Should you be looking towards purchasing a new high-end graphics card from AMD or NVIDIA, here are some updated benchmarks of the AMD Radeon HD 7950 and NVIDIA GeForce GTX 680 when both graphics cards were tested under Ubuntu 12.04 with their proprietary Linux graphics drivers.
The open-source drivers for either of these latest generation GPUs are not ready for end-users:
- The Radeon HD 7000 "Southern Islands" series has its DRM support in place plus an emerging "RadeonSI" Gallium3D driver, but the Gallium3D driver isn't yet ready for proper use. There also is not any 2D/DDX support in place either as they are still trying to decide how to do it for this latest generation hardware. The Radeon HD 7000 series is now about six months old, and sure there were invasive architectural changes with GCN, but the support is still far from being ready, and that isn't an excuse.
- The reverse-engineered GeForce 600 "Kepler" series is actually in better shape than the latest-generation hardware. At launch, there was some reverse-engineered support available, even with Gallium3D support. This code is now mainline but the initial limitation that makes it not too useful is that for accelerated support you must first extract the firmware by running the proprietary driver. Hopefully for Linux 3.6 this will be fixed so that there can then be proper "out of the box" support without having to jump through some hurdles. There is also not any re-clocking support yet for Kepler so the performance is very poor.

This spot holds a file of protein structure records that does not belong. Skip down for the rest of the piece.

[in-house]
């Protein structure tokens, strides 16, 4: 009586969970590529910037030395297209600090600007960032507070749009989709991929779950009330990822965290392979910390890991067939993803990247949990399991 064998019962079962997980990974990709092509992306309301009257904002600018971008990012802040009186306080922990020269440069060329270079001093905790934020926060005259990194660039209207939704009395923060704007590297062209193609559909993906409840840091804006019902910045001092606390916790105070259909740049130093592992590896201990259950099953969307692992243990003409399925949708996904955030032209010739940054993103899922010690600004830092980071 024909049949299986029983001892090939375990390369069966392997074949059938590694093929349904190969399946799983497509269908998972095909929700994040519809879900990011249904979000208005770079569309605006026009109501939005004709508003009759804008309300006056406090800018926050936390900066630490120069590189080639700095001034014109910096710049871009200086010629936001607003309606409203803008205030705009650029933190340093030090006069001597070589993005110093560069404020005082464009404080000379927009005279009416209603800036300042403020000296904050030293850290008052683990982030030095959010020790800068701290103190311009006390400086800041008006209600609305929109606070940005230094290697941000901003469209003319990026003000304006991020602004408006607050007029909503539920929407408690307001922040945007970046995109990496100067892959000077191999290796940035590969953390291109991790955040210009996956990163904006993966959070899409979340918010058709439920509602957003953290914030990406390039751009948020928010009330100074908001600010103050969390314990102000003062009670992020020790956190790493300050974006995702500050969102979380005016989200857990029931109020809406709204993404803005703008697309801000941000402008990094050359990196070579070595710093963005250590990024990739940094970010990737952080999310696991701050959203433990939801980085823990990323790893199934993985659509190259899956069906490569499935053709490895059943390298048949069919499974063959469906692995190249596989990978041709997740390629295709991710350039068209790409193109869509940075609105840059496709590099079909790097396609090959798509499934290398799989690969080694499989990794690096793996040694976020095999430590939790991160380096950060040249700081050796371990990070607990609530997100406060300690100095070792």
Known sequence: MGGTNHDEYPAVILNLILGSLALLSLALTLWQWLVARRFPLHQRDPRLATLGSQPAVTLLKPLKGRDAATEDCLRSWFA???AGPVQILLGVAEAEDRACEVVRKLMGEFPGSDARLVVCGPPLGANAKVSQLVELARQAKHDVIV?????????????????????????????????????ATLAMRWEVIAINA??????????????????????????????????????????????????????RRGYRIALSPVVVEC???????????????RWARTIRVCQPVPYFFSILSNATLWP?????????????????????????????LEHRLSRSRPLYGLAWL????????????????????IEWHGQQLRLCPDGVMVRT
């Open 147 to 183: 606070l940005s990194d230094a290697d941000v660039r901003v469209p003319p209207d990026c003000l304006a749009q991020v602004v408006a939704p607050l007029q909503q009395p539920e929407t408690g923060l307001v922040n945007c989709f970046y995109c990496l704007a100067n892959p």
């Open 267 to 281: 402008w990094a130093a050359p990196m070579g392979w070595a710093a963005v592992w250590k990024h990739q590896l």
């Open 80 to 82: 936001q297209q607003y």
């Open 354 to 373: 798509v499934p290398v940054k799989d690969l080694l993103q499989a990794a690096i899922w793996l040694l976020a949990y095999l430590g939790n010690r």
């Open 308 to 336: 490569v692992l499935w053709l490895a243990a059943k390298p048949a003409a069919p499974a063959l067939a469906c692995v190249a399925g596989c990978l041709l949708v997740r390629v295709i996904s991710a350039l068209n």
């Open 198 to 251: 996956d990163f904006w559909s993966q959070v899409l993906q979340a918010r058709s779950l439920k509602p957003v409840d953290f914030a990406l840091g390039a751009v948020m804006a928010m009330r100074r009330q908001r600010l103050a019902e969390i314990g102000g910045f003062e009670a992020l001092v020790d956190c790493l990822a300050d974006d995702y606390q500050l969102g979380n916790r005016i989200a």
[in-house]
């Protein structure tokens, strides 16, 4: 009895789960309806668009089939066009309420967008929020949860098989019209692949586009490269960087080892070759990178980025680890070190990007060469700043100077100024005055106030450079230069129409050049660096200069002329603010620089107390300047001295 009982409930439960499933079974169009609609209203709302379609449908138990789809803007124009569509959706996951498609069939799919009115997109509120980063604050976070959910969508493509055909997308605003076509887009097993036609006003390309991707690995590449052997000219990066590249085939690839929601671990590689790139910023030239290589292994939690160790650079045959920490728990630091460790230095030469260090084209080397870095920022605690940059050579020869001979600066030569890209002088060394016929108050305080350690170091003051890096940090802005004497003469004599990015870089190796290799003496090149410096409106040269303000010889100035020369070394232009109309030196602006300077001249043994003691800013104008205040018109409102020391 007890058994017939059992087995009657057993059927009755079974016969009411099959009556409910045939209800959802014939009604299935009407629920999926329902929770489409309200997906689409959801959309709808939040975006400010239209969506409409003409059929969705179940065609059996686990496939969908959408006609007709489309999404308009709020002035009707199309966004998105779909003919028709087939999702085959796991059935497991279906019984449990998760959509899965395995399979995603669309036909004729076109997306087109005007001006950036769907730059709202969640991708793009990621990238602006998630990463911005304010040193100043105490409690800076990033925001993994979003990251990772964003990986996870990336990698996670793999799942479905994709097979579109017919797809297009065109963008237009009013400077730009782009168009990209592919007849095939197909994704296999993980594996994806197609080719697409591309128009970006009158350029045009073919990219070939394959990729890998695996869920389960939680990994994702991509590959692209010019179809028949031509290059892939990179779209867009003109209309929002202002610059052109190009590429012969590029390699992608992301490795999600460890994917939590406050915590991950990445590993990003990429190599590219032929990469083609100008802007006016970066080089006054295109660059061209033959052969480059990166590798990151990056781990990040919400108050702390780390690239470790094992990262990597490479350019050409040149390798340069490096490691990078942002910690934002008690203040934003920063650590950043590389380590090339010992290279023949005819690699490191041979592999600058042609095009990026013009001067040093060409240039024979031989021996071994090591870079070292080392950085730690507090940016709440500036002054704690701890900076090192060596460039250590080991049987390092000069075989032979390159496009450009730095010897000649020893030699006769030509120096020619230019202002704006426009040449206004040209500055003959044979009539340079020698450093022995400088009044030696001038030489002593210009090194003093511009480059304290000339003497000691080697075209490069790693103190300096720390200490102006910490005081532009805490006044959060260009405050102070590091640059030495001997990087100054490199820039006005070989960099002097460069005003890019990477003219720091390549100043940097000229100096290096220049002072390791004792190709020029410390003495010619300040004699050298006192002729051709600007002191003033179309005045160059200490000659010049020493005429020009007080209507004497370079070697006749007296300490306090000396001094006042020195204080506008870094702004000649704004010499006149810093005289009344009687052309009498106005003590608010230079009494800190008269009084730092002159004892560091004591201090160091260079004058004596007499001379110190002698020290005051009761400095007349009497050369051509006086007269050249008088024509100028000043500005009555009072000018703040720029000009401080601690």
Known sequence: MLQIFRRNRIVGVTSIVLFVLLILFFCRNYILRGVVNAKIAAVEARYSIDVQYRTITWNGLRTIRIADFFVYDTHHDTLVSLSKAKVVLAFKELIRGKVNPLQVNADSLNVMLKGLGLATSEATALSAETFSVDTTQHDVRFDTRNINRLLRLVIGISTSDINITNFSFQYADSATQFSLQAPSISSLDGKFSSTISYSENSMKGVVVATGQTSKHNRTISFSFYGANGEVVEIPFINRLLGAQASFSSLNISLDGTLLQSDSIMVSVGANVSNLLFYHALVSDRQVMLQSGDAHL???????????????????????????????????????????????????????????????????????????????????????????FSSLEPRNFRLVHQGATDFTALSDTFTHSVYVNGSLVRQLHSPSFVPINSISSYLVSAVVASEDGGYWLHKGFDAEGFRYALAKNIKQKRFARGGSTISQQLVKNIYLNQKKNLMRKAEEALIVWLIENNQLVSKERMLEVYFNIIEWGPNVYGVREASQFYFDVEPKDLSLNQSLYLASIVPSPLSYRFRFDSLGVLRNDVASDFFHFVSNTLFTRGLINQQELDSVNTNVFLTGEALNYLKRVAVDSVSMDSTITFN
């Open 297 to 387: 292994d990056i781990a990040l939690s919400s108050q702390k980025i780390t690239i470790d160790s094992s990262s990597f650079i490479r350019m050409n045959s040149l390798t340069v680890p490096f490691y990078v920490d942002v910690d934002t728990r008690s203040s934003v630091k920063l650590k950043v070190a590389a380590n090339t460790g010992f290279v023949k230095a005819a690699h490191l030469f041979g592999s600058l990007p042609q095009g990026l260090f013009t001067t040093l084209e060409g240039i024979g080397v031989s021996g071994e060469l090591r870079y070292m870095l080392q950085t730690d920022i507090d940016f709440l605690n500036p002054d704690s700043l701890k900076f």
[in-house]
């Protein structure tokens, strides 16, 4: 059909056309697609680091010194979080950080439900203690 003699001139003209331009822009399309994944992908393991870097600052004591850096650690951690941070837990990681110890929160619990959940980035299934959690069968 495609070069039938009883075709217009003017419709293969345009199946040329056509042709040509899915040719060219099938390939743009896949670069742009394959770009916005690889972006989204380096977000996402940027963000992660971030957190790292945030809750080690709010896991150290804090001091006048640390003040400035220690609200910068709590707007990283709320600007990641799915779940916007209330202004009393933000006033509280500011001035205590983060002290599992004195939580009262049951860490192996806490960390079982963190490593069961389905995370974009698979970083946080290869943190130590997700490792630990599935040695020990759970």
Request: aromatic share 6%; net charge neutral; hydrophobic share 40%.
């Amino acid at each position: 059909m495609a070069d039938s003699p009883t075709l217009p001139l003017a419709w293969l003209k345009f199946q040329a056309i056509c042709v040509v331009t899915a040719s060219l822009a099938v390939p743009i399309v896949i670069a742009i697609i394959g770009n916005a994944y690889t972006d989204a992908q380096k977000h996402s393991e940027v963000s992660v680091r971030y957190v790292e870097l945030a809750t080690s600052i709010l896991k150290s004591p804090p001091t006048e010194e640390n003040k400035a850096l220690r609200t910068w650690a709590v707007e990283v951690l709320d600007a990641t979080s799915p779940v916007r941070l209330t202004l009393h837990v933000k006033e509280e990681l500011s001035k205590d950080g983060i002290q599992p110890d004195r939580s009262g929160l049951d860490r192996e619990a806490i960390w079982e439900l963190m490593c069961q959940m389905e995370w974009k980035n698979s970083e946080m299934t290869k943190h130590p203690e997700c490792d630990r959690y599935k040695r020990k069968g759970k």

Simply put, for the latest AMD and NVIDIA GPUs the current open-source support still leaves a lot to be desired. Using the proprietary drivers is likely the only real option for a majority of Linux desktop end-users for the next few months.
This benchmarking was done from the Intel Core i7 3770K "Ivy Bridge" test system. The NVIDIA GeForce GTX 680 was running at its stock speeds (there still is no overclocking support for Kepler/Fermi on Linux) while the Radeon HD 7950 was tested at its factory-overclocked speeds of 900/1375MHz and then again at the AMD reference clock speeds of 800/1250MHz.
The GPU temperature and system power consumption (the overall AC power use as measured by a USB-based WattsUp meter) was also recorded for each run via the Phoronix Test Suite. Aside from OpenGL, there are 2D and OpenCL benchmarks in this comparison too.